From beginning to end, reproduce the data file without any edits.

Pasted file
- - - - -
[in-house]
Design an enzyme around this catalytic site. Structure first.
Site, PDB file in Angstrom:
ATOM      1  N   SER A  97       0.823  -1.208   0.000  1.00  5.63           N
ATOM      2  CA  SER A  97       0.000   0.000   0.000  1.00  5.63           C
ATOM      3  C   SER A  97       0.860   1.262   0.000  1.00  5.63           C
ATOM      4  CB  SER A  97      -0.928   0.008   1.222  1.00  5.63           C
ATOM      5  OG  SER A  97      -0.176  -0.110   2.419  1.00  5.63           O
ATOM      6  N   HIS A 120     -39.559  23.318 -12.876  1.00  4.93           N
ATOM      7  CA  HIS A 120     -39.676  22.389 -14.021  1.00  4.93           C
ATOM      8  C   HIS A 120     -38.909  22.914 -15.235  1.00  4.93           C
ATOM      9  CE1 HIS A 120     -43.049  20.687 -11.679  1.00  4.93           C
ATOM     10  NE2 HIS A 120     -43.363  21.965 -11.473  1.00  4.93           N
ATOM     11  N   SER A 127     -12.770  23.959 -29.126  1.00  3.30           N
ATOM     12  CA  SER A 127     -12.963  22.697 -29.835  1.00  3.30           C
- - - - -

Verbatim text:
[in-house]
Design an enzyme around this catalytic site. Structure first.
Site, PDB file in Angstrom:
ATOM      1  N   SER A  97       0.823  -1.208   0.000  1.00  5.63           N
ATOM      2  CA  SER A  97       0.000   0.000   0.000  1.00  5.63           C
ATOM      3  C   SER A  97       0.860   1.262   0.000  1.00  5.63           C
ATOM      4  CB  SER A  97      -0.928   0.008   1.222  1.00  5.63           C
ATOM      5  OG  SER A  97      -0.176  -0.110   2.419  1.00  5.63           O
ATOM      6  N   HIS A 120     -39.559  23.318 -12.876  1.00  4.93           N
ATOM      7  CA  HIS A 120     -39.676  22.389 -14.021  1.00  4.93           C
ATOM      8  C   HIS A 120     -38.909  22.914 -15.235  1.00  4.93           C
ATOM      9  CE1 HIS A 120     -43.049  20.687 -11.679  1.00  4.93           C
ATOM     10  NE2 HIS A 120     -43.363  21.965 -11.473  1.00  4.93           N
ATOM     11  N   SER A 127     -12.770  23.959 -29.126  1.00  3.30           N
ATOM     12  CA  SER A 127     -12.963  22.697 -29.835  1.00  3.30           C